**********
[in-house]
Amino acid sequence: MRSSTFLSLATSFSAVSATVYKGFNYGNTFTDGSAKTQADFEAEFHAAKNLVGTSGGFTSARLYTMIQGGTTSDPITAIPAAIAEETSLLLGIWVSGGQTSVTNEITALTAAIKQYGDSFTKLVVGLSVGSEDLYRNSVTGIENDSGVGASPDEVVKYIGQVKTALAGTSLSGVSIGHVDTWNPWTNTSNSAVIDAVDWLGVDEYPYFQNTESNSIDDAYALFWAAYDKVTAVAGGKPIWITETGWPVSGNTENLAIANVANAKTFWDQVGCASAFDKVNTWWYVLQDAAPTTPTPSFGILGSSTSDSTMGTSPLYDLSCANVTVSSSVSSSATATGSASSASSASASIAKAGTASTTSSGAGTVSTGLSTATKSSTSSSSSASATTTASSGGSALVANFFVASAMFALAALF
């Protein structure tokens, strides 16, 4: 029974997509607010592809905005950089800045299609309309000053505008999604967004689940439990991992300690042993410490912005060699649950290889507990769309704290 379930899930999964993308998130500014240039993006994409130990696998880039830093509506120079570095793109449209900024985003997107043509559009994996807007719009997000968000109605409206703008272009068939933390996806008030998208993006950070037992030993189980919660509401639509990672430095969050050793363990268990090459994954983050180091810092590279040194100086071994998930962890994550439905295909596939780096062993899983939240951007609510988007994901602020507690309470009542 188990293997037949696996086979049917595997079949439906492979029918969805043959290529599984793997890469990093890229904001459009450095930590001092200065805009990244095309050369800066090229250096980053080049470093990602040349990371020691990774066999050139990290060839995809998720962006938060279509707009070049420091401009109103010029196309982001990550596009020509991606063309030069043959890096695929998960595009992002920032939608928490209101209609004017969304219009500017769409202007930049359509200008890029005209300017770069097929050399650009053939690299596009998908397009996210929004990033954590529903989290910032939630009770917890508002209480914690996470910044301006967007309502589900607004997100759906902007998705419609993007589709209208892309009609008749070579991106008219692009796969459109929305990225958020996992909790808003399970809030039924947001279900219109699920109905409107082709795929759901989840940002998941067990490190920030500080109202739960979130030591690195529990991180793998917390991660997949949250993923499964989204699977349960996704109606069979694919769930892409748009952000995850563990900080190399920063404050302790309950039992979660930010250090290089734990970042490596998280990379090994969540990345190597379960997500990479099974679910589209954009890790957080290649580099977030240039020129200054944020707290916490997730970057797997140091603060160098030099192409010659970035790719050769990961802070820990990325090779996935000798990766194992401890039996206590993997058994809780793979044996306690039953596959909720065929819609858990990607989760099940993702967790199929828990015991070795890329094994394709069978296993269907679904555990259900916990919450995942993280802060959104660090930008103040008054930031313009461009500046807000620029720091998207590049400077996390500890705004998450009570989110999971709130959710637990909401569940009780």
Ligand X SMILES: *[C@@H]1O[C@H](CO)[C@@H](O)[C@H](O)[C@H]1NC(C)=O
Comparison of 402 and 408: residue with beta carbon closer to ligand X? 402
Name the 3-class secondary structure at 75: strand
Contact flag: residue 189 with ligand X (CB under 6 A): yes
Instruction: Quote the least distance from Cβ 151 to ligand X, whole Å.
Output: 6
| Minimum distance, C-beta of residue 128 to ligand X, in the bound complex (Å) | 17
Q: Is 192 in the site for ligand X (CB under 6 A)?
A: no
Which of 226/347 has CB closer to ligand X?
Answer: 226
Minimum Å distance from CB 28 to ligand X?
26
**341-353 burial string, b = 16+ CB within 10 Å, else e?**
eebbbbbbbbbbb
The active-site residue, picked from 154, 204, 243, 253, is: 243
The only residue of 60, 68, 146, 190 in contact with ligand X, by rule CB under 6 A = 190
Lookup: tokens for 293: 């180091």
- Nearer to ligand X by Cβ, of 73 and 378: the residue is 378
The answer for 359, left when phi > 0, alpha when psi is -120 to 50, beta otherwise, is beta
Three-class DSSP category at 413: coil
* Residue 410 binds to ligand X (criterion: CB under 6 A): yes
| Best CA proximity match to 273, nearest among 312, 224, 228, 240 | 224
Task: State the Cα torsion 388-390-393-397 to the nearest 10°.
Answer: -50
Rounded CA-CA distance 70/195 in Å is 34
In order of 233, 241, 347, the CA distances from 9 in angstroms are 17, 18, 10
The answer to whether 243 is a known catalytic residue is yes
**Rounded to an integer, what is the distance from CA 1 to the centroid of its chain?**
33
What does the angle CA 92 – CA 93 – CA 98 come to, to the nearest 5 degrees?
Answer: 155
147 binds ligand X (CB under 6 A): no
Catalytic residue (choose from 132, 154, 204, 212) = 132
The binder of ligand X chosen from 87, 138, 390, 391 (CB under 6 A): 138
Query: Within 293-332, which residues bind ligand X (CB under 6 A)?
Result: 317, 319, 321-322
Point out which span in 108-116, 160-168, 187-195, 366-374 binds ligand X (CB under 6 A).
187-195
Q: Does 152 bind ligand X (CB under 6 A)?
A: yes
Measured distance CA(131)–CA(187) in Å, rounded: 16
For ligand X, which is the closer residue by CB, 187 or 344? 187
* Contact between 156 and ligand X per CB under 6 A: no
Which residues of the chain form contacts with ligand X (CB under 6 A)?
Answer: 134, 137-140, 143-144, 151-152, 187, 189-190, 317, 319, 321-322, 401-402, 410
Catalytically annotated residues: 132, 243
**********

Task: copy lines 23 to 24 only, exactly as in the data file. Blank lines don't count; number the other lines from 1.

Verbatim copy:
The answer for 359, left when phi > 0, alpha when psi is -120 to 50, beta otherwise, is beta
Three-class DSSP category at 413: coil